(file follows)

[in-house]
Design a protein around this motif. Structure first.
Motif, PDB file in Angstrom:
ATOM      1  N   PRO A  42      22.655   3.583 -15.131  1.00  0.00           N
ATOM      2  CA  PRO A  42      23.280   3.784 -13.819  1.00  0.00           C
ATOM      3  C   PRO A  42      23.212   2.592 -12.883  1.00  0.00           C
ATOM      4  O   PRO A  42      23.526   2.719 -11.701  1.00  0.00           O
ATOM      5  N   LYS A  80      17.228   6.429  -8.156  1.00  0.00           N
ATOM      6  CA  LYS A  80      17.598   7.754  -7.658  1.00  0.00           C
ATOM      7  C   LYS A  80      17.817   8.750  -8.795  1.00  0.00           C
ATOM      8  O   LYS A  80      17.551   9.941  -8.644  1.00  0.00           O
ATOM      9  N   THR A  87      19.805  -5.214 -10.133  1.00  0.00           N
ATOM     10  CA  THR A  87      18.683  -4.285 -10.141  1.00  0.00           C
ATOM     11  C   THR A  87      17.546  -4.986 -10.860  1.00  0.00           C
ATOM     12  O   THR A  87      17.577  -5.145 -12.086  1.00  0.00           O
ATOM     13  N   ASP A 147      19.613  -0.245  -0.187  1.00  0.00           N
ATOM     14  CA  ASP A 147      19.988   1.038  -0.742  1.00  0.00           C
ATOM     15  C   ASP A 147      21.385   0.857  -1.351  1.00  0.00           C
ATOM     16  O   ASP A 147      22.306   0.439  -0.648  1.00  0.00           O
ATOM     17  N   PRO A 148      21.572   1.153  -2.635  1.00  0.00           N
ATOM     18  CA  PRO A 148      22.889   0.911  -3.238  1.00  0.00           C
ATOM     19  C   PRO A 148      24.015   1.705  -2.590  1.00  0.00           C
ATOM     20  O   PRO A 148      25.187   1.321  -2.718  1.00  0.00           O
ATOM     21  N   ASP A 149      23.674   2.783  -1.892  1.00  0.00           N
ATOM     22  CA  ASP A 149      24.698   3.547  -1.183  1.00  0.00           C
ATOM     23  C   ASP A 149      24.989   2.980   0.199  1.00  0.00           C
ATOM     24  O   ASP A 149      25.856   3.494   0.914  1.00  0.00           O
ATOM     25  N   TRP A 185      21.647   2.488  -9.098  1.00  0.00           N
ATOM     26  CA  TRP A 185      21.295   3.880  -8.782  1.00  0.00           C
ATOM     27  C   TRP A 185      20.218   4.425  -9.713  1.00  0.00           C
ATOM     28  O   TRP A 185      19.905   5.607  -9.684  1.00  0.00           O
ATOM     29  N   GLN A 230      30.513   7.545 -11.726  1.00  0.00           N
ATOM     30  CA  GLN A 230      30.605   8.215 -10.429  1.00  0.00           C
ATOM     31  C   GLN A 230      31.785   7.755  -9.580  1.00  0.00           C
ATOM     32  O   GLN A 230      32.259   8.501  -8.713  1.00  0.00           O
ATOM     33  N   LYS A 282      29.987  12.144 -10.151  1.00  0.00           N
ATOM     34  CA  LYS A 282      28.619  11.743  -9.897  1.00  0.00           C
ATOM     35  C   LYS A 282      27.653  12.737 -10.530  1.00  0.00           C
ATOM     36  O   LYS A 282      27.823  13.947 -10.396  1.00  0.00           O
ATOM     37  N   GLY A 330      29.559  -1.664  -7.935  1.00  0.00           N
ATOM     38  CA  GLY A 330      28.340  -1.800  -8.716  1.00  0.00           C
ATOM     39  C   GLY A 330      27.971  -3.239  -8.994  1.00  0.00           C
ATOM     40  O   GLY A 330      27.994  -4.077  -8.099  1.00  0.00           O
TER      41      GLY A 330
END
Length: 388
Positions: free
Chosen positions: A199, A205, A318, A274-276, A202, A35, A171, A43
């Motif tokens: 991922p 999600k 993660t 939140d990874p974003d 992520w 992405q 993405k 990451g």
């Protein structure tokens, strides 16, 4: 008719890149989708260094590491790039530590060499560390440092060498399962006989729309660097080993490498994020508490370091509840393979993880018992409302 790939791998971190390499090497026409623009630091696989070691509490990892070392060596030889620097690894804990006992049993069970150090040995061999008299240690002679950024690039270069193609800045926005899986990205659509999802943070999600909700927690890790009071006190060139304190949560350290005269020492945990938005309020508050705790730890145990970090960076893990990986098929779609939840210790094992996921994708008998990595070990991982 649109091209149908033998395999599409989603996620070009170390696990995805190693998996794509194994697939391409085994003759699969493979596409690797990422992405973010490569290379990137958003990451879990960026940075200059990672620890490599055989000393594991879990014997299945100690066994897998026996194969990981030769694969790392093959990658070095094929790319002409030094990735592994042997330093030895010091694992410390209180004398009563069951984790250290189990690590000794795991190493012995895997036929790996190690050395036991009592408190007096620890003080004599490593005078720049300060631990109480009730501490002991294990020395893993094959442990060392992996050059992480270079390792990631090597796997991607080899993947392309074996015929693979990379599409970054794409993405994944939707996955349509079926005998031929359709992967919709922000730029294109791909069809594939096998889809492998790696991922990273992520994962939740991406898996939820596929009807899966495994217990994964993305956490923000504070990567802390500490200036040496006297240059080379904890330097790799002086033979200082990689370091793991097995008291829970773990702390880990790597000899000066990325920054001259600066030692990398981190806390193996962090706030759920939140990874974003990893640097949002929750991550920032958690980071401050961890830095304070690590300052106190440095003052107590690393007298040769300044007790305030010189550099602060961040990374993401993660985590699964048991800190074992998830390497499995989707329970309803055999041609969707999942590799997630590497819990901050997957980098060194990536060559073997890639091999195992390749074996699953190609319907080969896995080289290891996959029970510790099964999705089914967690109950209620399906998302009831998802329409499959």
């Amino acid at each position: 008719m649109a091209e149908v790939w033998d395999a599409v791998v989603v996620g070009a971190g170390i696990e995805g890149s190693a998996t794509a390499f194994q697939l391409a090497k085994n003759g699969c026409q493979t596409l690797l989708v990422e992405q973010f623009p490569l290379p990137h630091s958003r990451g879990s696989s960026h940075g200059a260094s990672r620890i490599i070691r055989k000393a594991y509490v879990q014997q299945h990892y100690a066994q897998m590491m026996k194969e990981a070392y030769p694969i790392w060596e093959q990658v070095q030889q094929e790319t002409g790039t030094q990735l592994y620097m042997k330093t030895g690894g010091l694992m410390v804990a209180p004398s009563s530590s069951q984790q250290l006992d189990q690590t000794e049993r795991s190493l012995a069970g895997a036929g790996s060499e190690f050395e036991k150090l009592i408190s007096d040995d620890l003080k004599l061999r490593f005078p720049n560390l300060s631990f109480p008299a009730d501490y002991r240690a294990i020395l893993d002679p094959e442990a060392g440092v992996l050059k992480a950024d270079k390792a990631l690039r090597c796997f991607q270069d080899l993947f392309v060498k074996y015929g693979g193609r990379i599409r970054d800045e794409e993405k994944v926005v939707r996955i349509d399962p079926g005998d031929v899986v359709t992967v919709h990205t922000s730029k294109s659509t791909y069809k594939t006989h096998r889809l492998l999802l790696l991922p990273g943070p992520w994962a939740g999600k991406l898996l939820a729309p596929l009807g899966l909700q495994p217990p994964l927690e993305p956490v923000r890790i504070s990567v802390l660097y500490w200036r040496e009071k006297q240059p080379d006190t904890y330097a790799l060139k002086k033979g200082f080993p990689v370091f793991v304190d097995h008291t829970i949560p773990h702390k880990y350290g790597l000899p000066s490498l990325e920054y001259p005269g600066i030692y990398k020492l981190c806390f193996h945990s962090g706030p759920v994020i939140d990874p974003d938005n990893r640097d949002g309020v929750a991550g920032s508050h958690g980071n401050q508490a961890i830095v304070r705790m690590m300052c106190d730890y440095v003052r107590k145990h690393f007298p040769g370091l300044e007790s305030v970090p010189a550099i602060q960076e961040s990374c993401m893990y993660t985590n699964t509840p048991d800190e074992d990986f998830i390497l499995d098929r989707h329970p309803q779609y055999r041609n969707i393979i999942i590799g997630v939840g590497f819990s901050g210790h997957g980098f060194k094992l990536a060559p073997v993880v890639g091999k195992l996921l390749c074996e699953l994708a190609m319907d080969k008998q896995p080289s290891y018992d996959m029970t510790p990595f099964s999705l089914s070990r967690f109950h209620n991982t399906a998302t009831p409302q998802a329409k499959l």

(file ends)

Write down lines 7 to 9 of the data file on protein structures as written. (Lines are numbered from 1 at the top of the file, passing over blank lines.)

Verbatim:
ATOM      4  O   PRO A  42      23.526   2.719 -11.701  1.00  0.00           O
ATOM      5  N   LYS A  80      17.228   6.429  -8.156  1.00  0.00           N
ATOM      6  CA  LYS A  80      17.598   7.754  -7.658  1.00  0.00           C